We Will Not Walk In Fear, One Of Another
By John W. Whitehead
"If we confuse dissent with disloyalty-if we deny the right of the individual to be wrong, unpopular, eccentric or unorthodox-if we deny the essence of racial equality then hundreds of millions in Asia and Africa who are shopping about for a new allegiance will conclude that we are concerned to defend a myth and our present privileged status. Every act that denies or limits the freedom of the individual in this country costs us the confidence of men and women who aspire to that freedom and independence of which we speak and for which our ancestors fought." - Edward R. Murrow
We live in perilous times. America's armed forces are spread around the globe. We are embroiled in wars in Afghanistan and Iraq against a rebel enemy that seems to attack from nowhere. Our troops limp home both mentally and physically impaired, finding that their own government in many instances will not care for them. America's credibility around the world is at an all-time low, with the American President being one of the most hated men on the planet.
At home, American borders are sieves, as countless illegal immigrants, and most likely terrorists, flow over like a river. And as the country reels from ravaging natural disasters, a monstrous deficit threatens a national bankruptcy.
As if that were not enough, the Bush Administration post-9/11 advocated, and Congress passed, draconian legislation. Called the USA Patriot Act, this massive law essentially guts the Bill of Rights (and the Bush Administration is attempting to expand the law's reach). American citizens have been detained by the government without being able to talk to an attorney. FBI agents go so far as to question and intimidate even high school students who speak out against the government in class assignments. And the President increasingly calls for unprecedented military intervention in domestic affairs.
We are a culture of fear-a nation divided. Armed to the teeth, Americans, locked in their homes, have come to suspect even their next-door neighbors of being potential terrorists. They turn them in to the police. But is it any wonder? The government's system of alarms and alerts keeps the population in tension, often leading to absurd results. Witness the recent heightened security measures in the New York subway system based on false information.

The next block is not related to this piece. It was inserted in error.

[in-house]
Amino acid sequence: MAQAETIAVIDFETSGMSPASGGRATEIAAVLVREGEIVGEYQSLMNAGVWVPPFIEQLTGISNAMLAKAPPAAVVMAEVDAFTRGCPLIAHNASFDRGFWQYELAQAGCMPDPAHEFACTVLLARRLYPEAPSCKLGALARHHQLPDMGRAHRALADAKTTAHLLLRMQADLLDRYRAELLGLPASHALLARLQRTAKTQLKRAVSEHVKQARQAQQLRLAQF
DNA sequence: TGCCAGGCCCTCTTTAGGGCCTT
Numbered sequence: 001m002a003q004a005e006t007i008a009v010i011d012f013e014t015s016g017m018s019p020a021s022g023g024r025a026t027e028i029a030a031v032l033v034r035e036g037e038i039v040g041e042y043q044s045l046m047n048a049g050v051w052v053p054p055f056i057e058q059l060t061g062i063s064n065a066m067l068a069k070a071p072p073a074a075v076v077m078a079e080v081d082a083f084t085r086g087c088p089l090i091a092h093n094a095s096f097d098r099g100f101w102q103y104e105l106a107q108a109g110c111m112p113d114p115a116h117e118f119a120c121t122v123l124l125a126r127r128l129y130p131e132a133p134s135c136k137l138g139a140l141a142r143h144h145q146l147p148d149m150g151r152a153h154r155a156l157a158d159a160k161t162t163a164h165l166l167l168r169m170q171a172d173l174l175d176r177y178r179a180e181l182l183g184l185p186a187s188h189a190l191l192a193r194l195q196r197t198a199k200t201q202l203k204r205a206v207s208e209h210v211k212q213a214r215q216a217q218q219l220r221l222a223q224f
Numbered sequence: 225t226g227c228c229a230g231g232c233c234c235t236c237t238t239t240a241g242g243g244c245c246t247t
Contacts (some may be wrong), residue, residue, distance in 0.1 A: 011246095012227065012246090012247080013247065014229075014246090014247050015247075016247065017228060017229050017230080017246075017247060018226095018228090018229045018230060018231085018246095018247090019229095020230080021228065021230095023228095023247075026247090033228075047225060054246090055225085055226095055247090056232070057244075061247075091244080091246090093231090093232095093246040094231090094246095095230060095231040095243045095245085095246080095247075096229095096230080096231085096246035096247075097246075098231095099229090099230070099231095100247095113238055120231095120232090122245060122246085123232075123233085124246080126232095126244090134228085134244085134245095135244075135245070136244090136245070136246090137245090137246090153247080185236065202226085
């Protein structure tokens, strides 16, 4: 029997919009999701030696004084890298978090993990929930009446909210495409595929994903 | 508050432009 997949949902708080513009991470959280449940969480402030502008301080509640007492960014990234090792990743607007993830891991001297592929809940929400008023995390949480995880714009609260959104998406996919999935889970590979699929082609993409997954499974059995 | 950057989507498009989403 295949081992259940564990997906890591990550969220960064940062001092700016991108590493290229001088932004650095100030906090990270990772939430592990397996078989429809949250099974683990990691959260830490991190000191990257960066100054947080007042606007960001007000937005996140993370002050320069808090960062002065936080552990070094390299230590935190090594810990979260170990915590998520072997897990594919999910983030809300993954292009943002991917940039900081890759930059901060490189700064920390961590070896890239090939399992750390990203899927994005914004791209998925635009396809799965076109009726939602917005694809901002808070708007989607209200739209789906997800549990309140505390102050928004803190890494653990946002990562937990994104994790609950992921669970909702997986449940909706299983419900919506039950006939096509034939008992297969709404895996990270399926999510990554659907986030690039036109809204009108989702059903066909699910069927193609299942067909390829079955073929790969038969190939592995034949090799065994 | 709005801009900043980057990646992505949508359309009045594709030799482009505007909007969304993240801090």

There is a historical parallel. As fear and paranoia gripped the country during the 1950s, many huddled inside their homes and fallout shelters, awaiting a nuclear war. It was also the time of the Red Scare. The enemy this time was Communist infiltration of American society.
Joseph McCarthy, a young Republican senator, grasped the opportunity to capitalize on the popular paranoia for personal national attention. In a speech in February 1950, McCarthy alleged having a list of over 200 members of the Communist Party "working and shaping the policy of the US State Department." The speech was picked up by the Associated Press, without substantiating the facts, and within a few days the hysteria began.
McCarthy specialized in sensational and unsubstantiated accusations about Communist infiltration of the American government, particularly the State Department. He also targeted well-known Hollywood actors and directors, trade unionists and teachers. Many others were brought before the inquisitional House Committee on Un-American Activities for questioning. Regarded as bad risks, the accused struggled to secure employment. The witch hunt ruined careers, resulting in suicides, and tightened immigration to exclude alleged subversives.
"McCarthyism" eventually smeared all the accused with the same broad brush, whether the evidence was good, bad or nonexistent. McCarthy appealed to the low instincts of envy, paranoia and dislike for the intellectual establishment.
"The real scoundrel in all this," writes author David Halberstam, "was the behavior of the members of the Washington press corps, who, more often than not, knew better. They were delighted to be a part of his traveling road show, chronicling each charge and then moving on to the next town, instead of bothering to stay behind and follow up. They had little interest in reporting how careless McCarthy was or how little it all meant to him."